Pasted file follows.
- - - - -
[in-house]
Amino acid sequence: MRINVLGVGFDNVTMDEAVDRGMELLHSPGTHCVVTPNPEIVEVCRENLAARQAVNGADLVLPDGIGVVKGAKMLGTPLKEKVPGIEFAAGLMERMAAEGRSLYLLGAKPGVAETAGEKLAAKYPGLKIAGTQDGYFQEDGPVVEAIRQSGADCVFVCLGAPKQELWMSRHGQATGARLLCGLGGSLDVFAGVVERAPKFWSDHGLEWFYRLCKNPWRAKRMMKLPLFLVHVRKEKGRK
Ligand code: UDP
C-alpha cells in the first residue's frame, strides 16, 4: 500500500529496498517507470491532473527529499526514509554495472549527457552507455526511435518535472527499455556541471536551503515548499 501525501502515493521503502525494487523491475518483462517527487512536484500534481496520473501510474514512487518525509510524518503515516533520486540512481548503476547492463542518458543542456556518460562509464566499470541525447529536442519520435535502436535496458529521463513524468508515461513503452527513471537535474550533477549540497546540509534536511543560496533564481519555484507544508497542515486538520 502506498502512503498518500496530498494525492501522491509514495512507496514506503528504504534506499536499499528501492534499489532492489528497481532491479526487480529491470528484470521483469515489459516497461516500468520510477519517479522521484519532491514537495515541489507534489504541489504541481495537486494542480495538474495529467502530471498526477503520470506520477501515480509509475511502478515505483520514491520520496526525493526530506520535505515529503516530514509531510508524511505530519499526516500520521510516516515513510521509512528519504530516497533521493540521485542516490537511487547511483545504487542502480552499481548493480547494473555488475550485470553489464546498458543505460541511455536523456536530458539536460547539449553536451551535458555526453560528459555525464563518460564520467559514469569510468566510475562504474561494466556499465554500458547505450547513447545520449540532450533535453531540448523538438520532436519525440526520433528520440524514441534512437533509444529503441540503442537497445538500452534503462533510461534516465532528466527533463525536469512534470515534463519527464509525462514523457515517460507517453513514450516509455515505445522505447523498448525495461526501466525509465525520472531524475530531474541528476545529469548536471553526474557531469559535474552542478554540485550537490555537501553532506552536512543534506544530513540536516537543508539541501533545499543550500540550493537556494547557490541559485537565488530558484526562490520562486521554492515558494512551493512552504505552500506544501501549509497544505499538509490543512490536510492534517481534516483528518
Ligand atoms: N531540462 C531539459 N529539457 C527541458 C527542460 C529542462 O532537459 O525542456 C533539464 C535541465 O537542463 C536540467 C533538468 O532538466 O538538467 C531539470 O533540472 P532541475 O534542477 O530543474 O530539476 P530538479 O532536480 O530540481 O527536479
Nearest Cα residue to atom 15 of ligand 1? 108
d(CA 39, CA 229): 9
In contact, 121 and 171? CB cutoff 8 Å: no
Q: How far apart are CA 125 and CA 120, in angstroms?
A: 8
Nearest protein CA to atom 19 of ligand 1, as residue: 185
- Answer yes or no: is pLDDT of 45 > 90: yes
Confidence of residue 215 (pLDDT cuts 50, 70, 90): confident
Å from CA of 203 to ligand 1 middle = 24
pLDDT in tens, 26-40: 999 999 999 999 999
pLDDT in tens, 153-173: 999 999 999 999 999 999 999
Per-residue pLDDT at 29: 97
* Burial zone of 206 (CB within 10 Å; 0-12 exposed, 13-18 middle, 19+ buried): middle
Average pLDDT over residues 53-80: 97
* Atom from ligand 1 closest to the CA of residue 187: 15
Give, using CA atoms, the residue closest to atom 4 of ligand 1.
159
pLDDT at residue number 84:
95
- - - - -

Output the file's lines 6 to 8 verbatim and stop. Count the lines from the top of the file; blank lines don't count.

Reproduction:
Nearest Cα residue to atom 15 of ligand 1? 108
d(CA 39, CA 229): 9
In contact, 121 and 171? CB cutoff 8 Å: no